Juneteenth: Emancipation Day

EMANCIPATION DAY

Today, I honor my ancestors.
Today, I honor my ancestors by being whole.
Today, I honor my ancestors by reconnecting
my mind, body, and spirit with family – present, past, and future
Today, I honor my ancestors by reconnecting
my mind, body and spirit with the soil – from where all life comes
Today, I honor my ancestors by reconnecting
my mind, body, and spirit with the drum – the voice that holds it all together
Today, I’m dancing. Be free. Dance with me.

Listen & Dance 

Today marks the 153rd anniversary of Juneteenth (June 19th) the day when the “last” enslaved people in Galveston, Texas received word that General Robert Lee had surrendered, and they were free. This notification happened about two and a half years after Abraham Lincoln issued the Emancipation Proclamation in 1863, which “abolished” slavery in the Confederate States and about a year after my home state of Maryland abolished slavery in November 1864.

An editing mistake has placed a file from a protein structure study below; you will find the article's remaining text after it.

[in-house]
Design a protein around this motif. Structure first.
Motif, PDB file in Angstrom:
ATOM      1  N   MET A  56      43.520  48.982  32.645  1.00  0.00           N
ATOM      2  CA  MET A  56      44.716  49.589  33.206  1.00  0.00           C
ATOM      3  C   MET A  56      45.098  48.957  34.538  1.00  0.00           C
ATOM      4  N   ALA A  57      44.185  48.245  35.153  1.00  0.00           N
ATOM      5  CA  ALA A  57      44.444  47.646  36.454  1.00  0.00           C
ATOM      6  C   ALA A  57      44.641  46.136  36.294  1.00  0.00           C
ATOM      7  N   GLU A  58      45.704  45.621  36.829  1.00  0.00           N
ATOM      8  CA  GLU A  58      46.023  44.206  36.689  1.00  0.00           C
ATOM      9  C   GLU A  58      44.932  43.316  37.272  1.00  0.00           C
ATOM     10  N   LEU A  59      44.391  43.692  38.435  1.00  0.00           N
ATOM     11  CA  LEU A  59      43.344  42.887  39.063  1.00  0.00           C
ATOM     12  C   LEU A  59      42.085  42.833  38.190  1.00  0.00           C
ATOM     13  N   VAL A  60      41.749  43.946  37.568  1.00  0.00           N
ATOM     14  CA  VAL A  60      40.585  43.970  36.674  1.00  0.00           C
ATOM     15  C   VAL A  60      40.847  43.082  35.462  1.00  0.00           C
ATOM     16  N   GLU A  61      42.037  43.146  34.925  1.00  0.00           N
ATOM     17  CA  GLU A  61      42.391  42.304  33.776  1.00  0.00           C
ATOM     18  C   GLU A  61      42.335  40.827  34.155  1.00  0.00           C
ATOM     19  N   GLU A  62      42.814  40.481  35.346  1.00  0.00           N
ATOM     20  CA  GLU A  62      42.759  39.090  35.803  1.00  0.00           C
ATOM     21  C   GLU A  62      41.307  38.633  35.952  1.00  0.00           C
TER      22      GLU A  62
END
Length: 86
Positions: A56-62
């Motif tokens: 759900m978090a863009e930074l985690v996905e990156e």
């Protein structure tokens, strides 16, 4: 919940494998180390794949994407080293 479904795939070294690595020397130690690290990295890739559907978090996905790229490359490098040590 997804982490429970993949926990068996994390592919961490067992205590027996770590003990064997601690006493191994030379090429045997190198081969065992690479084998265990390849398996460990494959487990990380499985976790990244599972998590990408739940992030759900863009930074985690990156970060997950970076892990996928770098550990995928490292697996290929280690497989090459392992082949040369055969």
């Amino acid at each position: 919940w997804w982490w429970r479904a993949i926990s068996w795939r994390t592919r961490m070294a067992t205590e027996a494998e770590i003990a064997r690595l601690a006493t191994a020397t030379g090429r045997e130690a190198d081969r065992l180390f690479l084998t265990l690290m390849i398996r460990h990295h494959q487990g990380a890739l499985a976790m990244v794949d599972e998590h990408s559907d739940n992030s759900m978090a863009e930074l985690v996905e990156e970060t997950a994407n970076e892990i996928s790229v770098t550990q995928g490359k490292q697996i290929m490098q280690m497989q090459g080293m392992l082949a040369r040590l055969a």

As we celebrate this important time in our history, its critical for us to remember that slavery still exists around the world, and even in the United States.  We are reminded to call it by its name and to be vigilant, so as to not allow our celebrations to deter us from our work as freedom lovers.
https://www.facebook.com/donate/490507544717085/10216205382435645/

Cover Image: Mr. D. N. Leathers Sr, celebrating Juneteenth. June 19, 1913. Collection of Southern Methodist University. 

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